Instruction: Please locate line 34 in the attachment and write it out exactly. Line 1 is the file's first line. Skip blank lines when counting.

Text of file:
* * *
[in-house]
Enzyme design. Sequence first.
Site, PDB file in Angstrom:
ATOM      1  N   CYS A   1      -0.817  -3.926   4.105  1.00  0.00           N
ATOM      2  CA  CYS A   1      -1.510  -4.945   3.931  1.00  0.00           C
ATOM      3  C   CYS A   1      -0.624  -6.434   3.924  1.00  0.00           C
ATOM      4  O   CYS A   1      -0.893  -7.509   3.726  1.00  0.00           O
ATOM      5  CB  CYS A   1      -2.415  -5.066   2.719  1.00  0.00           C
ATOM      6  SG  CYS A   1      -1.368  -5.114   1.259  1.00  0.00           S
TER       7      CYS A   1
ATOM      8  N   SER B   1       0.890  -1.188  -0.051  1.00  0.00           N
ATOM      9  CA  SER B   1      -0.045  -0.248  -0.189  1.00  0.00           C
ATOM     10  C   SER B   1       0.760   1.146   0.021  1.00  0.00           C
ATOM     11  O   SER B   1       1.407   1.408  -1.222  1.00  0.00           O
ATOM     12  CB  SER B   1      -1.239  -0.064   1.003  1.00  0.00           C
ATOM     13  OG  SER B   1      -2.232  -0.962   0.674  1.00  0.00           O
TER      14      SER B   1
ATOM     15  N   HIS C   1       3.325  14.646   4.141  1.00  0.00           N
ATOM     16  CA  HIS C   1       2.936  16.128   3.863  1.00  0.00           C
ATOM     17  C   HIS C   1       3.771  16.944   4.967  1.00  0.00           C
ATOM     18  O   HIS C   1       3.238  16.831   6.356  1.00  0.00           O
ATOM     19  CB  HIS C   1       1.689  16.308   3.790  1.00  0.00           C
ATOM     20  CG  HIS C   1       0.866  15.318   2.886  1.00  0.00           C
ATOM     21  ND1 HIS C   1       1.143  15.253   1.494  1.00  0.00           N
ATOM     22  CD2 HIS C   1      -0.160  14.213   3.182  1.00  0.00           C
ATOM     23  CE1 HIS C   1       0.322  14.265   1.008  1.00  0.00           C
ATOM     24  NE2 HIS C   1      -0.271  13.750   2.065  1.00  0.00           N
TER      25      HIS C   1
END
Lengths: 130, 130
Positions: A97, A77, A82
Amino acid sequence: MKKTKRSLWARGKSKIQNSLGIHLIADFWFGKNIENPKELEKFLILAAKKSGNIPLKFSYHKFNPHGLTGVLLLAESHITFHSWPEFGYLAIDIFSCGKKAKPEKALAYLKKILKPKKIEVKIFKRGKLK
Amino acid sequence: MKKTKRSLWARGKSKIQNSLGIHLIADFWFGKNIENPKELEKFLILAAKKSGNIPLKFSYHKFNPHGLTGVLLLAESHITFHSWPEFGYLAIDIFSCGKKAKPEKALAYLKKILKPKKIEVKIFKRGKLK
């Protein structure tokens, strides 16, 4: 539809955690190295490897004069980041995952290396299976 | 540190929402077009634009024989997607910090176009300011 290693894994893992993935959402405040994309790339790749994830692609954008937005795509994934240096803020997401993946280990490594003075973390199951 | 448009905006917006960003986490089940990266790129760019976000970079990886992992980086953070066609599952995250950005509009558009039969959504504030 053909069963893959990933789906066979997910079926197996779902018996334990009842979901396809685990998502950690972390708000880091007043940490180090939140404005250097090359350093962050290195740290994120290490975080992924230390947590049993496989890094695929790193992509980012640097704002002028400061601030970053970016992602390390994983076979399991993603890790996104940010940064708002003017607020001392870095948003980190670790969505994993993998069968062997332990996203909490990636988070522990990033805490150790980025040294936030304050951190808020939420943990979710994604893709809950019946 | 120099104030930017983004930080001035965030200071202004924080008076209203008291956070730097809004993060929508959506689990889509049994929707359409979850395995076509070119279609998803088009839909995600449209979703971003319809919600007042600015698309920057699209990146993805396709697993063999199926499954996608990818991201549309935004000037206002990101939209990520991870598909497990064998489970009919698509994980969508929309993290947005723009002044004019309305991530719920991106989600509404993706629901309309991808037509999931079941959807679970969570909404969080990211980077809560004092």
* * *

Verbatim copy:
């Protein structure tokens, strides 16, 4: 539809955690190295490897004069980041995952290396299976 | 540190929402077009634009024989997607910090176009300011 290693894994893992993935959402405040994309790339790749994830692609954008937005795509994934240096803020997401993946280990490594003075973390199951 | 448009905006917006960003986490089940990266790129760019976000970079990886992992980086953070066609599952995250950005509009558009039969959504504030 053909069963893959990933789906066979997910079926197996779902018996334990009842979901396809685990998502950690972390708000880091007043940490180090939140404005250097090359350093962050290195740290994120290490975080992924230390947590049993496989890094695929790193992509980012640097704002002028400061601030970053970016992602390390994983076979399991993603890790996104940010940064708002003017607020001392870095948003980190670790969505994993993998069968062997332990996203909490990636988070522990990033805490150790980025040294936030304050951190808020939420943990979710994604893709809950019946 | 120099104030930017983004930080001035965030200071202004924080008076209203008291956070730097809004993060929508959506689990889509049994929707359409979850395995076509070119279609998803088009839909995600449209979703971003319809919600007042600015698309920057699209990146993805396709697993063999199926499954996608990818991201549309935004000037206002990101939209990520991870598909497990064998489970009919698509994980969508929309993290947005723009002044004019309305991530719920991106989600509404993706629901309309991808037509999931079941959807679970969570909404969080990211980077809560004092």